Vatican warned of potential for 'true scandal' over sex abuse claims
FILE - In this Feb. 22, 2012 file photo, New York Cardinal Timothy Dolan speaks during a mass at St. Patrick's Cathedral in New York. (AP Photo/Seth Wenig, file)
The Associated Press
Published Monday, July 1, 2013 5:18PM EDT
Last Updated Monday, July 1, 2013 9:24PM EDT
MILWAUKEE -- The cardinal of the Archdiocese of New York, in his former job, warned the future Pope Benedict XVI that "the potential for true scandal is very real" over sex abuse claims, according to documents released Monday.
Former Milwaukee Archbishop Timothy Dolan -- now president of the U.S. Conference of Catholic Bishops and the nation's most prominent Roman Catholic official -- sought to push problem priests out of the priesthood after people began coming forward with abuse claims in the early 2000s.
Dolan wrote to then-Cardinal Joseph Ratzinger, the future pope, in July 2003 asking to dismiss Daniel Budzynski. Abuse allegations against Budzynski stretched back to the 1970s, and Dolan told Ratzinger that "as victims organize and become more public, the potential for true scandal is very real."
The Vatican removed Budzynski from the priesthood in 2004.
Monday's release of about 6,000 pages of Milwaukee archdiocese documents has drawn national attention because of Dolan's involvement. The archdiocese released them as part of a deal reached in federal bankruptcy court with clergy sex abuse victims suing it for fraud.
Victims say the archdiocese transferred problem priests to new churches without warning parishioners and covered up priests' crimes for decades. Dolan has not been accused of transferring problem priests, and he took over as archbishop in Milwaukee in mid-2002, after many victims had already come forward. But there have been questions about his response to the crisis.
Dolan also sought permission from a Vatican office to move $57 million into a trust for "improved protection" as the Milwaukee archdiocese prepared to file for bankruptcy amid dozens of abuse claims, according to the documents. The Vatican office granted the request.
The victims' attorneys have accused Dolan of trying to hide the money. In a statement released Monday, Dolan called any suggestion he was trying to shield money from victims an "old and discredited" attack. Jerry Topczewski, chief of staff for current Archbishop Jerome Listecki, said the money was always set aside in a separate fund for cemetery care, and moving it to a trust just formalized that.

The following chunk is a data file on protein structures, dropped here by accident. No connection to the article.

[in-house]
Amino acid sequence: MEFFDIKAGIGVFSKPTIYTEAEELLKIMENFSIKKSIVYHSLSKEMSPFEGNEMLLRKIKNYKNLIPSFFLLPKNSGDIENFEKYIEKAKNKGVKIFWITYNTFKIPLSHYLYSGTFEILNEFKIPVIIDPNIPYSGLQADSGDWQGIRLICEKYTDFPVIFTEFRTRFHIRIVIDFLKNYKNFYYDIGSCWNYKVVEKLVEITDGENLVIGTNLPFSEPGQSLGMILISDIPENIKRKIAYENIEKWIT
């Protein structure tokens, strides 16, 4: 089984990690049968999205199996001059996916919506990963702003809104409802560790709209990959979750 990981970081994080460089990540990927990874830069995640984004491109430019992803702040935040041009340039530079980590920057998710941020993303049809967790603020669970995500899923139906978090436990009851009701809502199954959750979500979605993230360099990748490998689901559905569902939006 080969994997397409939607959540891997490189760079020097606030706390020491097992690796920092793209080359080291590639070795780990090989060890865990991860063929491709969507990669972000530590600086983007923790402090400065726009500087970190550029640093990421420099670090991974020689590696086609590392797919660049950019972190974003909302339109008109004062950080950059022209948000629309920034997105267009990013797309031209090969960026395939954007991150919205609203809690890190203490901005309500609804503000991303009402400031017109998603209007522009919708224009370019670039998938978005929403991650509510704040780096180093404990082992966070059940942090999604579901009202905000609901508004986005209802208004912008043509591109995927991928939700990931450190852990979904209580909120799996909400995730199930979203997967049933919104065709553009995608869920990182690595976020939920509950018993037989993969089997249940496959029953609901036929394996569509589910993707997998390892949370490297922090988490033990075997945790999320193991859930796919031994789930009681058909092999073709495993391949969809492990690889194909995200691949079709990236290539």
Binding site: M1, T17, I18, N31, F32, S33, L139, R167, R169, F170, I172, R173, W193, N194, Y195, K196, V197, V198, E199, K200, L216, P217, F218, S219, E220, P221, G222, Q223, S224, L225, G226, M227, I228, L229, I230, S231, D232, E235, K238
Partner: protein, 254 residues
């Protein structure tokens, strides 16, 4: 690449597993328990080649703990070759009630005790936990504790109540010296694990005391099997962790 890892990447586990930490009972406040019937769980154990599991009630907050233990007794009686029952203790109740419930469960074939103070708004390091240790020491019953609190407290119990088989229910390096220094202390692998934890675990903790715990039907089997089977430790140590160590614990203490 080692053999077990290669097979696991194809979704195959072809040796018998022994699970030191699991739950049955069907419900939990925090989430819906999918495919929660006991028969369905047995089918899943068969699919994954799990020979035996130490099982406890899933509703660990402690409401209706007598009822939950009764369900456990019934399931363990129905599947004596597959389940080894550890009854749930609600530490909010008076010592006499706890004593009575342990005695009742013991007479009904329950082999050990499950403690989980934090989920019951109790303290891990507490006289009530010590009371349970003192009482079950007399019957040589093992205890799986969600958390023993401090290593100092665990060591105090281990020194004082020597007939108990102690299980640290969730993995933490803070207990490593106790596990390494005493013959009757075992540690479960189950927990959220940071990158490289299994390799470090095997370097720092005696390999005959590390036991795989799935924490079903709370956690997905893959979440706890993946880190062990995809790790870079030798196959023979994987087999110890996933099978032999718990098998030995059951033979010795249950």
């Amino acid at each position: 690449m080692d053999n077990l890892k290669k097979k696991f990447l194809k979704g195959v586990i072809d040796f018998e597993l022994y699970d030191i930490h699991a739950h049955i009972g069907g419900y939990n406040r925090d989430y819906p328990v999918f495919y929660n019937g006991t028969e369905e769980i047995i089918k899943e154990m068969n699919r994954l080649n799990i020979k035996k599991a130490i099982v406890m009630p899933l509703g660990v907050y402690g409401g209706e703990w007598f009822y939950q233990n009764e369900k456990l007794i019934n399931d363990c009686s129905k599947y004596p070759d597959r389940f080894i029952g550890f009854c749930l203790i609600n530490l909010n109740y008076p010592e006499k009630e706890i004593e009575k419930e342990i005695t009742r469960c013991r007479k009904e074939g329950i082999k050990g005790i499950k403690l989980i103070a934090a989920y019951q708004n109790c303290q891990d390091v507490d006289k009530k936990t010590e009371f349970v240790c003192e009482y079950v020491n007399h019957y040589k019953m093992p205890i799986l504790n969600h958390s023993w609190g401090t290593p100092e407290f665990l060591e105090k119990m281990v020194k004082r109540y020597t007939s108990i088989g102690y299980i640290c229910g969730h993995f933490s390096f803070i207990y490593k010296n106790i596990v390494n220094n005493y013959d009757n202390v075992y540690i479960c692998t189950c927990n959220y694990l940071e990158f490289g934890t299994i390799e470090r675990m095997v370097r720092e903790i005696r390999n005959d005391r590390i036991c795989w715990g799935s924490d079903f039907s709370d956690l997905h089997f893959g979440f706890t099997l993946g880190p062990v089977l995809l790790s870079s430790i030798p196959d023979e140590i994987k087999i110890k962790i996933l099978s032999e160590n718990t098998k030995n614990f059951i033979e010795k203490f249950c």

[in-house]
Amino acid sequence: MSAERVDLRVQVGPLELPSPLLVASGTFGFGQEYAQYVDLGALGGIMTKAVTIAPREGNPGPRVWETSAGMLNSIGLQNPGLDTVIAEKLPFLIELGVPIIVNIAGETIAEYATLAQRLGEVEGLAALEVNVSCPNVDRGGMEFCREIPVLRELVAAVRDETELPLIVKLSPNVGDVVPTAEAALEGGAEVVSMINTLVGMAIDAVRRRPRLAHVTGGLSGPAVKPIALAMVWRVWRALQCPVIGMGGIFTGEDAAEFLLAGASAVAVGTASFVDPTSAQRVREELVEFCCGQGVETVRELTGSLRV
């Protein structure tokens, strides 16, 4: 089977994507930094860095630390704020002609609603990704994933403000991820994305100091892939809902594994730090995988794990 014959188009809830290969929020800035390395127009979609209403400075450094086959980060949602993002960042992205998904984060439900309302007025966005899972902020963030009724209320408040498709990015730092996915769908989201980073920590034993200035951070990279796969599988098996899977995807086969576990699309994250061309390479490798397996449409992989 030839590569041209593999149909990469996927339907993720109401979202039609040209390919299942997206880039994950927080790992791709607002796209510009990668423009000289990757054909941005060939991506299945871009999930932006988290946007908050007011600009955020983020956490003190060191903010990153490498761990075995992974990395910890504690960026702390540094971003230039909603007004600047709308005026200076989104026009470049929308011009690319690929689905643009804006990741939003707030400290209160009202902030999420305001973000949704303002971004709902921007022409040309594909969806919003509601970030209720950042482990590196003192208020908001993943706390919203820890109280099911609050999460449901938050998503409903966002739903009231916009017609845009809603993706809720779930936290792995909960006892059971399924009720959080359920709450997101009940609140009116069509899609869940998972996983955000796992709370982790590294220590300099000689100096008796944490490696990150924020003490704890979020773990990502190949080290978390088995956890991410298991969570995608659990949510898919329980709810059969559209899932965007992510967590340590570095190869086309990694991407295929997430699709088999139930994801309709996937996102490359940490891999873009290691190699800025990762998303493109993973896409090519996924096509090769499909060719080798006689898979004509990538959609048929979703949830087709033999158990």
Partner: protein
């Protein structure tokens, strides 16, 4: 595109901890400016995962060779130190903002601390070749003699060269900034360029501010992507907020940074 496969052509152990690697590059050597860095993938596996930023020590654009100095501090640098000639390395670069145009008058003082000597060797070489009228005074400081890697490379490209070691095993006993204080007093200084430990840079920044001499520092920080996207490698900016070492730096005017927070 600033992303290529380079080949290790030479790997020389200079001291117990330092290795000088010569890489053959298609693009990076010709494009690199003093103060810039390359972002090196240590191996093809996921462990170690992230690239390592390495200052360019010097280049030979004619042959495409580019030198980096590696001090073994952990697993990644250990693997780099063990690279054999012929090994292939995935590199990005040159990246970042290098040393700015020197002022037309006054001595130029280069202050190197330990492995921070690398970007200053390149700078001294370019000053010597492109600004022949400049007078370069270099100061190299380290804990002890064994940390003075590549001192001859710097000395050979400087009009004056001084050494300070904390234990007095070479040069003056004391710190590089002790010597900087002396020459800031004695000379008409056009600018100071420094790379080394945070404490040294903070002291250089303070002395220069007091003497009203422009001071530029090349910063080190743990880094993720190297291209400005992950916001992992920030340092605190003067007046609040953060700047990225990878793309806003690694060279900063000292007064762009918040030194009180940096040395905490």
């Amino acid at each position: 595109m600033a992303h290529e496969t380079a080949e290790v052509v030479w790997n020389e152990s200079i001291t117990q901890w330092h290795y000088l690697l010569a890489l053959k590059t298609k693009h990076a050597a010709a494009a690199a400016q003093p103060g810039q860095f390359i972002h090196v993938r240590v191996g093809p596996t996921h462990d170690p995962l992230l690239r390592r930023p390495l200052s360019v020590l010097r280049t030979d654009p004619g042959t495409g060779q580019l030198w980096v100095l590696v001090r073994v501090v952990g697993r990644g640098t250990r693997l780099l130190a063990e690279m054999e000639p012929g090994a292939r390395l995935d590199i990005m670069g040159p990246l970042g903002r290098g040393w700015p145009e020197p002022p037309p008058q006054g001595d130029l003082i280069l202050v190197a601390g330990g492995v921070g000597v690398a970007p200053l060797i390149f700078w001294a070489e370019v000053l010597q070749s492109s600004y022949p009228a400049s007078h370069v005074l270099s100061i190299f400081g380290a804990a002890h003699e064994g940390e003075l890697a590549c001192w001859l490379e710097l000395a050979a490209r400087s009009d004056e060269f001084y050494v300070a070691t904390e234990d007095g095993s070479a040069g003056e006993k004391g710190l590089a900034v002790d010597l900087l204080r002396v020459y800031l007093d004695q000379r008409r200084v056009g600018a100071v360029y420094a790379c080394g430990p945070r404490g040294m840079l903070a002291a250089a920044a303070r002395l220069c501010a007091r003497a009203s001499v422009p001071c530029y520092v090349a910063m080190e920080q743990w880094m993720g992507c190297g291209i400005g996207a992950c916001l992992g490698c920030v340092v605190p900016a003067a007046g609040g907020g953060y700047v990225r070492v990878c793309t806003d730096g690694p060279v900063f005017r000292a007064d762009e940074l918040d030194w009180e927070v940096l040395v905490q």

In his letter to the Vatican, Dolan said the money would still have to be used to care for cemeteries if placed in a trust. But, he added, "By transferring these assets to the Trust, I foresee an improved protection of these funds from any legal claim and liability."
As of June 30, 2012, the archdiocese had spent nearly $30.5 million on litigation, therapy and assistance for victims and other costs related to clergy sex abuse, according to its annual statement. It faces sex abuse claims from about 570 people in bankruptcy court, although some of them involve lay people or priests assigned to religious orders, not the archdiocese.
Listecki said last week in an email to priests, parish leaders and others that the reports of abuse go back as much as 80 years. In the 1970s and 80s, priests were often removed from their parishes, sent for counselling and then reassigned. Twenty-two Milwaukee priests were reassigned to parish work after allegations of abuse, and eight offended again, he said. Overall, Listecki said, "people were ill-equipped to respond" to the problem.
Similar files made public by other Roman Catholic dioceses and religious orders have detailed how leaders tried to protect the church by shielding priests and not reporting child sex abuse to authorities. The coverup extended to the top of the Catholic hierarchy.
Correspondence obtained by The Associated Press in 2010 showed the future Pope Benedict XVI had resisted pleas in the 1980s to defrock a California priest with a record of molesting children. Cardinal Joseph Ratzinger led the Vatican office responsible for disciplining abusive priests before his election as pope.
Associated Press writer M.L. Johnson contributed.